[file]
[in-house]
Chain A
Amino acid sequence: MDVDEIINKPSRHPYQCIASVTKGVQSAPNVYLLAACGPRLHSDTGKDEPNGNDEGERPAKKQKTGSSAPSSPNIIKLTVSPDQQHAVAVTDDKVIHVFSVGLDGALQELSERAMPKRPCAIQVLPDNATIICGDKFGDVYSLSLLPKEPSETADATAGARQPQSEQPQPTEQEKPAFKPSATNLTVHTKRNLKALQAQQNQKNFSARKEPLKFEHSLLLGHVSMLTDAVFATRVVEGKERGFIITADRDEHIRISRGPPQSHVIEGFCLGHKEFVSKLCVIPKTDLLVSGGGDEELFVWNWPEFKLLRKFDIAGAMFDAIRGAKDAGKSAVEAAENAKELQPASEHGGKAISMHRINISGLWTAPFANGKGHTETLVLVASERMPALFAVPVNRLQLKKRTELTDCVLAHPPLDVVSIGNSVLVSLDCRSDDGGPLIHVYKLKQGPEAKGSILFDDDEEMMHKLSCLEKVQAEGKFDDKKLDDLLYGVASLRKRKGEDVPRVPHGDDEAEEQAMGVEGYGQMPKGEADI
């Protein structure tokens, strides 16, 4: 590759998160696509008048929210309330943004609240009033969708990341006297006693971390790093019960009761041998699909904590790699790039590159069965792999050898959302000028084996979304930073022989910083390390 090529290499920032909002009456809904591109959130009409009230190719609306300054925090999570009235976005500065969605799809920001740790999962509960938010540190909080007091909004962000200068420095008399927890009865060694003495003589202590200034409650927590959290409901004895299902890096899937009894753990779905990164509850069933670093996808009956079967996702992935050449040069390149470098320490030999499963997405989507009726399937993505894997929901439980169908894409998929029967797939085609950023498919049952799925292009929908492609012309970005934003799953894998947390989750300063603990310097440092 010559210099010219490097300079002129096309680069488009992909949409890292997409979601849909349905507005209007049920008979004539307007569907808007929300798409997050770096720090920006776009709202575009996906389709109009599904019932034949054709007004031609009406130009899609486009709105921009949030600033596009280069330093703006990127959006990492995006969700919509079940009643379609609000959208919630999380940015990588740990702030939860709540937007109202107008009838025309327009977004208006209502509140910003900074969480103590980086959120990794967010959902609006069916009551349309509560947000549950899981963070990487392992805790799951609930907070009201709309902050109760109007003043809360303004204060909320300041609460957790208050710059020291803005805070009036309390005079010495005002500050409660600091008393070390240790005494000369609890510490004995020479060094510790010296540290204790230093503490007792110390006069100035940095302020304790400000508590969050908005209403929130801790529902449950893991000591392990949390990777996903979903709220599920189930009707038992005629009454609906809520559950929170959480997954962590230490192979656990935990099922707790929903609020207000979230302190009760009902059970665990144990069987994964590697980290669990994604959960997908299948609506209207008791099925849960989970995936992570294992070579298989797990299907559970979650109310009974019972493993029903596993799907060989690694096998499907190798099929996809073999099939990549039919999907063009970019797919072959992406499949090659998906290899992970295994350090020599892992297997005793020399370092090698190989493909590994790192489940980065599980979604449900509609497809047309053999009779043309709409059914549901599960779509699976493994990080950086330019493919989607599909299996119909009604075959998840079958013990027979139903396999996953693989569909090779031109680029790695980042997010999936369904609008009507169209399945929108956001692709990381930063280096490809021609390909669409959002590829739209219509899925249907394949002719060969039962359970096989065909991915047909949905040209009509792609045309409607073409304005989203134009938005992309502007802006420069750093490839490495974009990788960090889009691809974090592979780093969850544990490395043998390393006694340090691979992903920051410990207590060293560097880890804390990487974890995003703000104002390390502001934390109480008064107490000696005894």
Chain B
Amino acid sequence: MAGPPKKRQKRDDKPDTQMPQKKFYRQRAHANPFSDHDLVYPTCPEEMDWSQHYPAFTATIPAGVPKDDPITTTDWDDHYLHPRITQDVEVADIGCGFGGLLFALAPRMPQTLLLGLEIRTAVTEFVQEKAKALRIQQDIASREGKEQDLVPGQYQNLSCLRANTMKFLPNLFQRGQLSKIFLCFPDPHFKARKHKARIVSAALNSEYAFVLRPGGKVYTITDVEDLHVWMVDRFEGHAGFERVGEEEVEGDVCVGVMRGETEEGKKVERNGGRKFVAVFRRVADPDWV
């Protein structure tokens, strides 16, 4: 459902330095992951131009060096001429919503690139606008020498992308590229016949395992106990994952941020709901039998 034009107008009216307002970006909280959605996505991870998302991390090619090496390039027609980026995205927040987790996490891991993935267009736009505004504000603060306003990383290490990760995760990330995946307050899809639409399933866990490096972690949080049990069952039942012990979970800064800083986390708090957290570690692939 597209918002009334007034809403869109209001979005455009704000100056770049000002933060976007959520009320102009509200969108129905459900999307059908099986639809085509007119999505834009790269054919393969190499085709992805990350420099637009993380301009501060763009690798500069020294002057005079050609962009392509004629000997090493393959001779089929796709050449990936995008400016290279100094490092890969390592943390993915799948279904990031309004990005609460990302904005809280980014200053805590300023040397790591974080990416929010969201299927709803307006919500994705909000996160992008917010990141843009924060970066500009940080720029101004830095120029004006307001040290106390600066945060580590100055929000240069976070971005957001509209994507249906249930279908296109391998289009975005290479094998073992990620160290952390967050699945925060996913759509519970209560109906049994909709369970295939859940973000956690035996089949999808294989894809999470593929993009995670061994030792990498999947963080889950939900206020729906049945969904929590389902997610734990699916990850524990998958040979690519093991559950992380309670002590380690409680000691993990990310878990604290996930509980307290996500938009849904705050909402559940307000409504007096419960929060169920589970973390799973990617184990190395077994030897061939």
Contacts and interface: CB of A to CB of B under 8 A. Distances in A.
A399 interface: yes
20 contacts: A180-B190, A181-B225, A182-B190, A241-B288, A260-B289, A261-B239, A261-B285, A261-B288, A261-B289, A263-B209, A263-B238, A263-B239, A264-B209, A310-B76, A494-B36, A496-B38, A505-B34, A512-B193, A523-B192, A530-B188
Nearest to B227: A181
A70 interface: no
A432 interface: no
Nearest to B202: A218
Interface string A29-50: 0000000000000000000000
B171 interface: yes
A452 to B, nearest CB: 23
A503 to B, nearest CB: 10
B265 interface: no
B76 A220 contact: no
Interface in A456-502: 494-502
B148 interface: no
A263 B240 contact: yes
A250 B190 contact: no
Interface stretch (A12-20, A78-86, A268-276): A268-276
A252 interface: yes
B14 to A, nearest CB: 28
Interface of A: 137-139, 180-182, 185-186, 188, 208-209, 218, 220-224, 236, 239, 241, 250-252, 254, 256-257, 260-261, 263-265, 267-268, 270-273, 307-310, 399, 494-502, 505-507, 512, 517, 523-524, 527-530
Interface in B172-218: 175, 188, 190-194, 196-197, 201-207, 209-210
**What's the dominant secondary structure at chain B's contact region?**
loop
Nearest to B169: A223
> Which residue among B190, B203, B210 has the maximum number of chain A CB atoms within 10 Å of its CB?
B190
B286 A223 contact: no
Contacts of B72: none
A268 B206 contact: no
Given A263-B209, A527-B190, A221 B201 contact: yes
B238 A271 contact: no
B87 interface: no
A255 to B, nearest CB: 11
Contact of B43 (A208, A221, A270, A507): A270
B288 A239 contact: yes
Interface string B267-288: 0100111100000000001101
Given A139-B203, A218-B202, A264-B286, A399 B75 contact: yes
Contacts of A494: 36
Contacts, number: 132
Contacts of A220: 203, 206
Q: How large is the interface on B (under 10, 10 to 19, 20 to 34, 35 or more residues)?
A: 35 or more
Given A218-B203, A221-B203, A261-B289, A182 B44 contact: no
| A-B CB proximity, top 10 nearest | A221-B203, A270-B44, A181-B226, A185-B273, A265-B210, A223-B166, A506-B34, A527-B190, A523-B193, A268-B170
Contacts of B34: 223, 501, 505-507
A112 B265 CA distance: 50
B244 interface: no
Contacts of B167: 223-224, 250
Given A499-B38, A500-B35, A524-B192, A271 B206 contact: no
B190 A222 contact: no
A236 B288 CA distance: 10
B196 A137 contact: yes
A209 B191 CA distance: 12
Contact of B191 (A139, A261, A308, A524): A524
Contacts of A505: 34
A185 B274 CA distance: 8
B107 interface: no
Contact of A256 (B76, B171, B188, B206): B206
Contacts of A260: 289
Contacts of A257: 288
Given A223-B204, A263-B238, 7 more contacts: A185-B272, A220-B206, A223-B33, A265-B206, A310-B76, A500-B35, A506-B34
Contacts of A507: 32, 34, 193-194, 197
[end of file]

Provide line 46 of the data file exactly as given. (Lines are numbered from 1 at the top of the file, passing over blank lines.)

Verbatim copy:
Contacts of A494: 36